Circa 1770-1775
Iron-red painter’s mark and faint 187
25.6 cm high, 28.1 cm diam.


Wedgwood was given a copy of Pierre-François Hugues d’Hancarville, Collection Of Etruscan, Greek And Roman Antiquities From The Cabinet Of The Honble. Wm. Hamilton, on September 20, 1769, by his admirer and patron Sir Watkin Williams Wynn. Wedgwood wrote to his partner Thomas Bentley “May not you give Ld. Cathcart a hint that we are preparing to paint the Etruscan Vases after Mr Hamilton’s book?”.

The form of our vase and the decoration are taken from plates in volume I of this work. Sir William Hamilton’s 4th c. BC Apulian Column Krater, from which the frieze of our vase is taken, forms part of his first collection which entered the British Museum in 1772.

d’Hancarville, Collection of Etruscan, Greek And Roman Antiquities. Vol. I, pl. 11


d’Hancarville, Collection of Etruscan, Greek and Roman Antiquities. Vol. I, pl. 25


Sir William Hamilton’s Column Krater, (BM 1772,0320.21)

Josiah Wedgwood said in his Ornamental Catalogue of 1773: “It is evident the finer Sort of Etruscan Vases, found in Magna Graecia, are truly Greek workmanship, and ornamented chiefly with Grecian Subjects, drawn from the purest Fountain of the Arts”. However, he still referred to them as Etruscan and named his new factory Etruria.

Wedgwood knew that his technique of decoration was completely different from the ancient Greek but for advertising purposes claimed: “The Art of Painting Vases in the Manner of the Etruscans has been lost for Ages;… The Proprietors of this Manufactory have been so happy as to rediscover and revive this long lost Art”.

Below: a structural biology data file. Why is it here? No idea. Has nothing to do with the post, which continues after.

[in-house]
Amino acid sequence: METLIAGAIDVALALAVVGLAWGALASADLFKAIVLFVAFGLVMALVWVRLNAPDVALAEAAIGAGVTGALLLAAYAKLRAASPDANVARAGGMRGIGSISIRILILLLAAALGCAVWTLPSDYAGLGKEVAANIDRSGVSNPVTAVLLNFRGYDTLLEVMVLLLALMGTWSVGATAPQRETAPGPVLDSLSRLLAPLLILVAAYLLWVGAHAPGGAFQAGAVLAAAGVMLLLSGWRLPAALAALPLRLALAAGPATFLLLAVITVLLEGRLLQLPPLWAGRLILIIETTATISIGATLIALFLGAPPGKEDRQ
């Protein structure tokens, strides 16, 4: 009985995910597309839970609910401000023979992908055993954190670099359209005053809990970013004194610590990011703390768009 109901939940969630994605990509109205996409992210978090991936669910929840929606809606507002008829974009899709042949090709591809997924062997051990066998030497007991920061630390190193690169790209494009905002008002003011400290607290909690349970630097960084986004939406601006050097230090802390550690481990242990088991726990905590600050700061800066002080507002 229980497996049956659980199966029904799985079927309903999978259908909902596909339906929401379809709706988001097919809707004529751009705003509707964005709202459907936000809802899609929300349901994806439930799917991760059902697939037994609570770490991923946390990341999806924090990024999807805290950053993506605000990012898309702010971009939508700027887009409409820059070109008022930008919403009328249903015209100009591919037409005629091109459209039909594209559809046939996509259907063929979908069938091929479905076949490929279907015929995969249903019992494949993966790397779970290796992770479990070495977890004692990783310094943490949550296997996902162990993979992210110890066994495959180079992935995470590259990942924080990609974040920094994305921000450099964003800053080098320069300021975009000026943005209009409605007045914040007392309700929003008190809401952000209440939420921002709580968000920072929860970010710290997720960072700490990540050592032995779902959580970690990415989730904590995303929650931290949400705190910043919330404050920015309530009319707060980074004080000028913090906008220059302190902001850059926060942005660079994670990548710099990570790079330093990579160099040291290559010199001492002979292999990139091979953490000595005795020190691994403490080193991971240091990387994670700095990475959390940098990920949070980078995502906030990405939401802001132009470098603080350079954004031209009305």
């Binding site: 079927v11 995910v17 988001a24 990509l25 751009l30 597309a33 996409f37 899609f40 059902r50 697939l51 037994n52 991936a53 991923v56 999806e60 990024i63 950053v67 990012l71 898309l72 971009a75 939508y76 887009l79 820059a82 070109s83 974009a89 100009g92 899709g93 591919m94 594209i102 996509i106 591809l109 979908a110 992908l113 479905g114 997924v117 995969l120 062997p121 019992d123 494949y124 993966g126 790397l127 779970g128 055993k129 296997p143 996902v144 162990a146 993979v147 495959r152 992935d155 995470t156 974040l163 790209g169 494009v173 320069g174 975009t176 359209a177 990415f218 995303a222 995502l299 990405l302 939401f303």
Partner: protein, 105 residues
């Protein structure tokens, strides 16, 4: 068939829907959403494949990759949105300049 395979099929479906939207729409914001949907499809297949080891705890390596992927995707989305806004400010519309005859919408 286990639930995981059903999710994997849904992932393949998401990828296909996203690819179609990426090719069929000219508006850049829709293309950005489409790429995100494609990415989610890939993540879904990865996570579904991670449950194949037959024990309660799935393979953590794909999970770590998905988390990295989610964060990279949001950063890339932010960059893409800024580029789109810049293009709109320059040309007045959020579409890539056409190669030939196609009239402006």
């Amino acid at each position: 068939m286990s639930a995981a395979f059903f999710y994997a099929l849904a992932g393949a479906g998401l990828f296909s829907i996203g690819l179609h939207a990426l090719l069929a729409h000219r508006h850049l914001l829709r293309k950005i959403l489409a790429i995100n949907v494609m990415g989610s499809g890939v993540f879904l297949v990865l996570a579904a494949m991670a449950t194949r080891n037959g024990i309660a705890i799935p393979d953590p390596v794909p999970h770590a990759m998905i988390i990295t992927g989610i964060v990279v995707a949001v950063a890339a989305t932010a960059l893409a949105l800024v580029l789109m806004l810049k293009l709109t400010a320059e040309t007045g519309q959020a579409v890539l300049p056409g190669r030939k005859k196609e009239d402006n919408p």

The decoration of these wares proved much more complicated than Wedgwood expected, he achieved a similar effect by using a black body, which Wedgwood called basalt, and painted the surface with slips and enamels which could be applied thinly and accurately with a matt rather than glossy surface. Wedgwood found these wares difficult to produce, writing to Bentley in 1768 he said: “I have been turning two or three sorts of faithfull copys from Etruscan Vases & am quite surpris’d both at the beauty of their forms, & the difficulty of making them, especially in pairs”.

The wares were expensive, writing on December 3, 1772, he lamented “The Grecian vases we have are sadly too dear… Whenever we tell the price… I am sure of a full stare… & either some note of admiration or absolute silence”

A vase of identical shape with similar decoration forms the central vase of a garniture of seven Wedgwood vases in Schloss Wörlitz near Dessau, Germany (Worlitz inventory no. II-322, SSG-WOL). The collection was formed from 1772 by Duke Leopold III of Anhalt-Dessau (1740-1817), after his return from a Grand Tour strongly influenced by the ideals of England and The Enlightenment. The schloss was finished in 1773 and holds one of the earliest collections of Wedgwood vases.

The Wörlitz vase was incorporated into the wall paintings by Johan Fischer in the Wörlitzer Flora-Temple completed in 1797

Members of the Dilettanti Society after Reynolds

Sir William Hamilton in the centre pointing to d’Hancarville’s book with Sir Watkin Williams Wynn on the left pointing to the Greek vase

A loose plug in the centre of the base.

Lindsay Grigsby, Richmond, VA, 1 June 2004 (label and invoice)

Jeffrey Milkins Collection, no. 415

Pierre-François Hugues d’Hancarville, Collection of Etruscan, Greek and Roman Antiquities from The Cabinet of The Honble. Wm. Hamilton, Antiquités Etrusques, Grecques Et Romains, Tirees du Cabinet de M. Hamilton, (4 volumes, Naples 1766-67 but possibly published 1767–76)

Thomas Weiss et.al., Wedgwood 1795-1995 – Englische Keramik in Wörlitz, (Seemann 1995) p. 30, catalogue no. 64

For a Wedgwood and Bentley marked ‘encaustic-decorated’ vase and cover with the same Bacchanalian scene, see the Spak Collection, no. 355 at the Law Library Special Collections, Florida International University (FIU)